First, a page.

Not seeking re-election, Rep. Dave Heaton shares accomplishments, plans moving forward
With one term under his belt, Rep. Dave Heaton (R-Wausau) is going to be happy to live under the laws he has helped craft over the past two years. In an interview with WPT, the one term lawmaker shared his motivations for entering public office, his successes, and plans moving forward.
A husband, father of three, devout Catholic, attorney, businessman, and many other roles, Rep. Dave Heaton decided to put a little more on his plate back in 2014 when he successfully challenged then-incumbent State Representative Mandy Wright in the general election. "I ran for office because I wanted to promote policies that advance economic, religious, and individual liberty and improve the quality of life for the families in my community," he said. "Also, having never run for any public office before and having no plans to make politics a career, I was confident I could contribute a different perspective and common sense-based philosophy to the legislative and political process."
Over his career, Heaton has practiced litigation, and provided advice and consulting services to companies primarily in the insurance and financial services industry. "Most of my career I have worked in the private sector. Although, I began my career as an assistant state's attorney in one of the largest prosecuting offices in the country."
While his time has been a bit too occupied for hobbies since his election, he said, "I enjoy hunting, skiing, hiking, biking, vegetable growing, and writing." And even though he might not get to enjoy too much leisurely activity as of late, Heaton wasted no time boasting about his district and all it has to offer.
"Marathon County is home to some of the most beautiful natural settings anywhere, whether it's the prize fishing waters, the countless acres of state and county forests, trails, or Granite Peak skiing resort. However, Wausau also has a touch of urban attractions like the Grand Theatre and the Leigh Yawkey Woodson Art Museum, both of which attract national and world-wide talent."
In a mere two years' time, Rep. Heaton has achieved a record of which he is proud. "I am proud to have been part of a majority team that, with the support of Governor Walker, crafted and passed legislation that made huge strides toward protecting individual liberty." He cited multiple bills, including Right to Work, and the Pain-Capable Unborn Child Act that "protects babies from being terminated after five months in the womb, a point in human development when the overwhelming body of scientific evidence tells us that the baby can feel pain," he explained.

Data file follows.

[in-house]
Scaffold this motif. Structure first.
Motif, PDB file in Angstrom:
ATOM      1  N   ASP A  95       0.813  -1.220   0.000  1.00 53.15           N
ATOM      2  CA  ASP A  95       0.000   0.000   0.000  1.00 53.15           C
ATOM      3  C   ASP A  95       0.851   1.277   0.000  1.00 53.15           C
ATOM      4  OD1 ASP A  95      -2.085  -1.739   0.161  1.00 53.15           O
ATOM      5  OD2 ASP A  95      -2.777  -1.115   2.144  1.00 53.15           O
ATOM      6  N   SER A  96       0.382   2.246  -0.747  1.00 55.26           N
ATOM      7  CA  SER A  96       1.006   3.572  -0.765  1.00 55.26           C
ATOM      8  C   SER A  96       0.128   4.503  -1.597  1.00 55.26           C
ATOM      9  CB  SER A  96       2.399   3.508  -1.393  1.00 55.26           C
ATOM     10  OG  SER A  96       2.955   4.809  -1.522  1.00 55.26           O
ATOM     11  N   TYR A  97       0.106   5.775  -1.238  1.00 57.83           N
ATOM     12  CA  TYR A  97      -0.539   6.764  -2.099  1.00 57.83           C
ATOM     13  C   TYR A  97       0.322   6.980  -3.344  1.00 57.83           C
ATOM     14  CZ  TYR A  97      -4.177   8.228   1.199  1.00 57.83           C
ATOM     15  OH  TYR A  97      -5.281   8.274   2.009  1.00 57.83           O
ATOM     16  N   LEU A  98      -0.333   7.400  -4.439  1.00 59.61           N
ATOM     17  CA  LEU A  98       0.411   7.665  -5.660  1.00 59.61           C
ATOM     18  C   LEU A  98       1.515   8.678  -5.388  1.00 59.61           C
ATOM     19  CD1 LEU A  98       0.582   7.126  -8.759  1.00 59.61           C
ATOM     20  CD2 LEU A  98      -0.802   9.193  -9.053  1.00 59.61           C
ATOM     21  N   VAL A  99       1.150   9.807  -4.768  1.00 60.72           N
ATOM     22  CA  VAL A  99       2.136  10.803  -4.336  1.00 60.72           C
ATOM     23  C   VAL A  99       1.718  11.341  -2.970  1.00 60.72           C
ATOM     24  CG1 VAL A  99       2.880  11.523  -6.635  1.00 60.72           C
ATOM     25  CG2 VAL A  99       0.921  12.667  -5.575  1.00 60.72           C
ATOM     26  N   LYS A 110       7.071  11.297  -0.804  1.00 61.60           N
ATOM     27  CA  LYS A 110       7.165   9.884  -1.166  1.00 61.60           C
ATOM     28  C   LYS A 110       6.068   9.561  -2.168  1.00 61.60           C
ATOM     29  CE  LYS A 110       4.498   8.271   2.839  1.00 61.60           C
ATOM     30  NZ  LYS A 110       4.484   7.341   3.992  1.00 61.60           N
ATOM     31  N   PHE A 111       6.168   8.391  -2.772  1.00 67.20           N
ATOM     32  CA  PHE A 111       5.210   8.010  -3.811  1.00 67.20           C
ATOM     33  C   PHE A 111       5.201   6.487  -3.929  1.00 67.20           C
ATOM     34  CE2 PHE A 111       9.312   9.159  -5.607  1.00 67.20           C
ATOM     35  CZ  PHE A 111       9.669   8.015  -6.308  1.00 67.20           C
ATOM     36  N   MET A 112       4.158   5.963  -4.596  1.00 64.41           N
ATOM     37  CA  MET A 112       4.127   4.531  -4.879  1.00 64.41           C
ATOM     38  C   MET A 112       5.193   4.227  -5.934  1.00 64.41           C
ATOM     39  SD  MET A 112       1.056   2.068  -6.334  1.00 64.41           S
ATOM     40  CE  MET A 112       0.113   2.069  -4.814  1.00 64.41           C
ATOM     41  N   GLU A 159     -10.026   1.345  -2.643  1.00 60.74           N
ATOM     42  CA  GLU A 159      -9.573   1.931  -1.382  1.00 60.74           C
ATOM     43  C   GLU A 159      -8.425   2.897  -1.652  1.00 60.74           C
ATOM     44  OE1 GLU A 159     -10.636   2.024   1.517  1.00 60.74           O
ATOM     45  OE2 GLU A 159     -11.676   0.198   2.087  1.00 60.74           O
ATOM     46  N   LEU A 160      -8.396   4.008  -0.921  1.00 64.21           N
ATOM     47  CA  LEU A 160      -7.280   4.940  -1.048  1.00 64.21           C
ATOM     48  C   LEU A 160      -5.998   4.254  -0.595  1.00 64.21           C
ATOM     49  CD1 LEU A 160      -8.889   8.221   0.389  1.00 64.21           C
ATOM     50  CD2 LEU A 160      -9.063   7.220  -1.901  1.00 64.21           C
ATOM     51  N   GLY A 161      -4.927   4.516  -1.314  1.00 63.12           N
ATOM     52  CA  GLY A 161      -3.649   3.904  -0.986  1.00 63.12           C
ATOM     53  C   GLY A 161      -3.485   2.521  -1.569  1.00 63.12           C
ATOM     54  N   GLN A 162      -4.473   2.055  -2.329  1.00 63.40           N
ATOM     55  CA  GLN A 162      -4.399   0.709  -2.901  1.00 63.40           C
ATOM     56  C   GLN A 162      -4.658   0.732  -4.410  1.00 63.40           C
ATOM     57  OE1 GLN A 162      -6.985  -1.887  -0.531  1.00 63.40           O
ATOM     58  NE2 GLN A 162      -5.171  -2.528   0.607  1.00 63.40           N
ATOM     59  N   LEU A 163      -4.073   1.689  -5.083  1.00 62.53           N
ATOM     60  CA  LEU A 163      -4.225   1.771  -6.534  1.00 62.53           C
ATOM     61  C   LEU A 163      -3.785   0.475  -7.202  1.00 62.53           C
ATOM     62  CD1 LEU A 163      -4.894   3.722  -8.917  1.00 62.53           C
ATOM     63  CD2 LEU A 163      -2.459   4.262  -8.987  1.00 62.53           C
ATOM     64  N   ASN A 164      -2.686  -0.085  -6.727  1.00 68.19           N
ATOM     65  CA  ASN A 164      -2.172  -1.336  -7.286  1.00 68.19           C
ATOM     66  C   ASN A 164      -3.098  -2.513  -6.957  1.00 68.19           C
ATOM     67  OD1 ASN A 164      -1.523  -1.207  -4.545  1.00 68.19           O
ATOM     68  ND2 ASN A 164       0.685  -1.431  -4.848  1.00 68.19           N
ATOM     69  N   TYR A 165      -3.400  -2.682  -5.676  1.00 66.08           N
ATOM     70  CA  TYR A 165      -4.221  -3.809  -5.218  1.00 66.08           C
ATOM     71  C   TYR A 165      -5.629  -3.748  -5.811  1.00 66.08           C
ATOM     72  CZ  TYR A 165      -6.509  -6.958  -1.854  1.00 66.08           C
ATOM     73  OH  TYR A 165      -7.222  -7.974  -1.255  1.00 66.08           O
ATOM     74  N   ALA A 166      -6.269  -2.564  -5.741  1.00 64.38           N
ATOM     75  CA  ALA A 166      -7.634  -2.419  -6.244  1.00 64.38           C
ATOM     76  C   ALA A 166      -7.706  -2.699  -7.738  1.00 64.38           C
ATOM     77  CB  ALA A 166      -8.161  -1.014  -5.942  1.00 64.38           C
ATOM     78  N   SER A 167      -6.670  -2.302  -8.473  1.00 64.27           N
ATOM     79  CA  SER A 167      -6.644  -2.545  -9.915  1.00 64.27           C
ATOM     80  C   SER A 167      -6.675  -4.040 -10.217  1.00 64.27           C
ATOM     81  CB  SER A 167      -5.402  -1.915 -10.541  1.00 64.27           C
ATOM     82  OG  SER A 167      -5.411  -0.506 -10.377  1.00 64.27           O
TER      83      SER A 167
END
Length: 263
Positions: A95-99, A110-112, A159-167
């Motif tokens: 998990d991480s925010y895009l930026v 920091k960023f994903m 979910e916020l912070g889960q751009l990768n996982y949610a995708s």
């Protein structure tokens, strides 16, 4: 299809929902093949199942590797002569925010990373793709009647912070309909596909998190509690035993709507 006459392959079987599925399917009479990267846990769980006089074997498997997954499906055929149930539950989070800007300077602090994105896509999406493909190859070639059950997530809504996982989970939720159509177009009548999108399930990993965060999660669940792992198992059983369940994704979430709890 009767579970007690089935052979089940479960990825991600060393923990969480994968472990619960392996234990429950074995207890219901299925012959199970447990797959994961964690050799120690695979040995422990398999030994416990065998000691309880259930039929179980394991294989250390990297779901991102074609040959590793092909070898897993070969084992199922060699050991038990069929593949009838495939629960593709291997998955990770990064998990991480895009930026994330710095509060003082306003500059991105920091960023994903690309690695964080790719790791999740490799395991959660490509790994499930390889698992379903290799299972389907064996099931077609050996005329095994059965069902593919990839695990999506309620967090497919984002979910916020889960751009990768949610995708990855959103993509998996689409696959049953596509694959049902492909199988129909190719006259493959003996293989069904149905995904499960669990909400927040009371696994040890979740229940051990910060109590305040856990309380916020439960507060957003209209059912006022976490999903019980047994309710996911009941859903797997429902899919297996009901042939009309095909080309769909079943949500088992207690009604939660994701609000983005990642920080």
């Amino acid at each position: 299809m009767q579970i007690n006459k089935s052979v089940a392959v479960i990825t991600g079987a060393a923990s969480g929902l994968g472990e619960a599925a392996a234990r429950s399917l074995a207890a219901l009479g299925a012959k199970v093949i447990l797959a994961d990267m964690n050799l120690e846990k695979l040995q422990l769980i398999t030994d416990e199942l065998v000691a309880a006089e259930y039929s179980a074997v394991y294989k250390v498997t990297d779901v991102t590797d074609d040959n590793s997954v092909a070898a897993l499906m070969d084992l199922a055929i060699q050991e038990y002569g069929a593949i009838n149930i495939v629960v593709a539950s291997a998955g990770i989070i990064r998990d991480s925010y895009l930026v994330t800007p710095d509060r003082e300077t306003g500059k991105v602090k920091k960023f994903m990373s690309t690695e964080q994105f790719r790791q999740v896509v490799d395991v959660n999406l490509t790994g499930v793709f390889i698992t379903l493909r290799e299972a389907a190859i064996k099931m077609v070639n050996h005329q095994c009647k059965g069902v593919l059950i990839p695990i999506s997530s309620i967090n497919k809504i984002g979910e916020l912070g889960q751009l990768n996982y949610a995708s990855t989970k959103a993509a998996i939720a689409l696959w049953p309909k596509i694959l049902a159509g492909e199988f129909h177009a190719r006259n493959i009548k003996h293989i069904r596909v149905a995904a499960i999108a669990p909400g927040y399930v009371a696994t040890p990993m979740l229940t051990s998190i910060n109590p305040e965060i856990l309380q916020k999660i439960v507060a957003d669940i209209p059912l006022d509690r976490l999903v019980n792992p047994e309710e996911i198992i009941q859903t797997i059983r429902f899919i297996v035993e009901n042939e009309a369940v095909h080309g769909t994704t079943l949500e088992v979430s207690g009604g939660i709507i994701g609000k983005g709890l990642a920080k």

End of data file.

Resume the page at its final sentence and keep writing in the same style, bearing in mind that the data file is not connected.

Heaton cherishes the opportunity to serve on the Judiciary Committee, which played an important role in advancing the successful constitutional amendment initiative that allows the State Supreme Court to choose its own Chief Justice, rather than have that position determined based solely on seniority.
Heaton also discussed five bills for which he was the primary author. All were passed through the legislature and signed into law by Governor Walker; a feat that many lawmakers rarely achieve in their first years in office. Among those were a bill that put the state in a position to continue to receive federal funds critical to child support enforcement, a bill that streamlined the administrative code for the Department of Children and Families, a bill that streamlined the licensing rules for the propane industry, and the Repeated Acts of Physical Abuse Against Children law. "I have worked tirelessly throughout my term to craft good public policy, and I am grateful that I was able to make a positive impact on the direction Wisconsin is heading."
WPT also asked the Central Wisconsin lawmaker to share his thoughts on the Personal Property Tax in Wisconsin. "One focus of mine as a legislator was to peel back the red tape that impedes small business growth," he said. "The [PPT] is an unnecessary relic in Wisconsin's tax policy [that] does not make much sense for a state trying to attract new business, compete in the region and the world, and create a level playing field for commerce." He went on, "The PPT falls disproportionately on a limited number of businesses and contains so many exemptions that it is extremely burdensome to manage especially for small businesses that are already disproportionately burdened by an overbearing regulatory scheme in this country."
Heaton says he hopes the legislature continues to work on removing the PPT in conjunction with an overall review of the tax laws in Wisconsin. "The legislature should consult all stakeholders including local governments who would likely see their revenues decrease initially if a comprehensive solution is not achieved. One part of the conversation should include options for phasing the PPT out so local governments and other stakeholders have an opportunity to adjust and prepare for any such change."